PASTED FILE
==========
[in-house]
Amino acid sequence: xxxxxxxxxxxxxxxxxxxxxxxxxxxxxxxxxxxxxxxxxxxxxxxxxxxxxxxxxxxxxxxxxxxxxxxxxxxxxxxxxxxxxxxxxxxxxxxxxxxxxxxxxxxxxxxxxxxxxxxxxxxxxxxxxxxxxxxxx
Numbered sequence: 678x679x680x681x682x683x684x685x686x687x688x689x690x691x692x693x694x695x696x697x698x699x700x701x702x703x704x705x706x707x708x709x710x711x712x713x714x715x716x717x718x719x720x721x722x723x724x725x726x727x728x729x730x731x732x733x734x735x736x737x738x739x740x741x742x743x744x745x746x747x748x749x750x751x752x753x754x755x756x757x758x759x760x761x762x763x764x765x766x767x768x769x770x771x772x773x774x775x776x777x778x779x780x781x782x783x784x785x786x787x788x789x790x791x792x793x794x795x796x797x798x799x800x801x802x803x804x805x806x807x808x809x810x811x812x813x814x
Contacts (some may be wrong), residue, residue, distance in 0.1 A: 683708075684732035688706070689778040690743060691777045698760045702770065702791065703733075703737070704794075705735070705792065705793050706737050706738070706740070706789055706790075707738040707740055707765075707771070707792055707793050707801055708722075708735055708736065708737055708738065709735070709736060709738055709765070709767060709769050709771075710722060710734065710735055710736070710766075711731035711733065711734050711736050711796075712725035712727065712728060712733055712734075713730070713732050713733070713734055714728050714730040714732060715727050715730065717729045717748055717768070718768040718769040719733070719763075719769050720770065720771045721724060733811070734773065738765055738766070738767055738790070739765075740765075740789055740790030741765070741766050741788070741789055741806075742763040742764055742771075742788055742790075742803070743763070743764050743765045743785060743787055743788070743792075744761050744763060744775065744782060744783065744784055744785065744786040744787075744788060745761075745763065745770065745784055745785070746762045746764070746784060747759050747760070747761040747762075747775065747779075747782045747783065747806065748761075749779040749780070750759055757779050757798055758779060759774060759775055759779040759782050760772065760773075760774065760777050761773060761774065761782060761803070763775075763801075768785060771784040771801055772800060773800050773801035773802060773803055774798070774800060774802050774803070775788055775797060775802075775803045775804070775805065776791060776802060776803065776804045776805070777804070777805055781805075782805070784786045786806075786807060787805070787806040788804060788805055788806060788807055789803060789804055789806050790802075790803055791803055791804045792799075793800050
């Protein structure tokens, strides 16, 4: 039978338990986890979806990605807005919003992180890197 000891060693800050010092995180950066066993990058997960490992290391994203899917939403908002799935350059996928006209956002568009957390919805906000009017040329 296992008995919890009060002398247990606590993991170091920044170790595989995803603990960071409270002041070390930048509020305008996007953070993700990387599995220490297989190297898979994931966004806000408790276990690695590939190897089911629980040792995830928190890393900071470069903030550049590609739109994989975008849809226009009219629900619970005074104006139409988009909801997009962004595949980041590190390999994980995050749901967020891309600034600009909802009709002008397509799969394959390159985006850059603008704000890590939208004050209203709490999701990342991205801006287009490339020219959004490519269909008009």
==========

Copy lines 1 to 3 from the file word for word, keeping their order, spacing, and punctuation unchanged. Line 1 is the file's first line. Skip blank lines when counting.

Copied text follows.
[in-house]
Amino acid sequence: xxxxxxxxxxxxxxxxxxxxxxxxxxxxxxxxxxxxxxxxxxxxxxxxxxxxxxxxxxxxxxxxxxxxxxxxxxxxxxxxxxxxxxxxxxxxxxxxxxxxxxxxxxxxxxxxxxxxxxxxxxxxxxxxxxxxxxxxx
Numbered sequence: 678x679x680x681x682x683x684x685x686x687x688x689x690x691x692x693x694x695x696x697x698x699x700x701x702x703x704x705x706x707x708x709x710x711x712x713x714x715x716x717x718x719x720x721x722x723x724x725x726x727x728x729x730x731x732x733x734x735x736x737x738x739x740x741x742x743x744x745x746x747x748x749x750x751x752x753x754x755x756x757x758x759x760x761x762x763x764x765x766x767x768x769x770x771x772x773x774x775x776x777x778x779x780x781x782x783x784x785x786x787x788x789x790x791x792x793x794x795x796x797x798x799x800x801x802x803x804x805x806x807x808x809x810x811x812x813x814x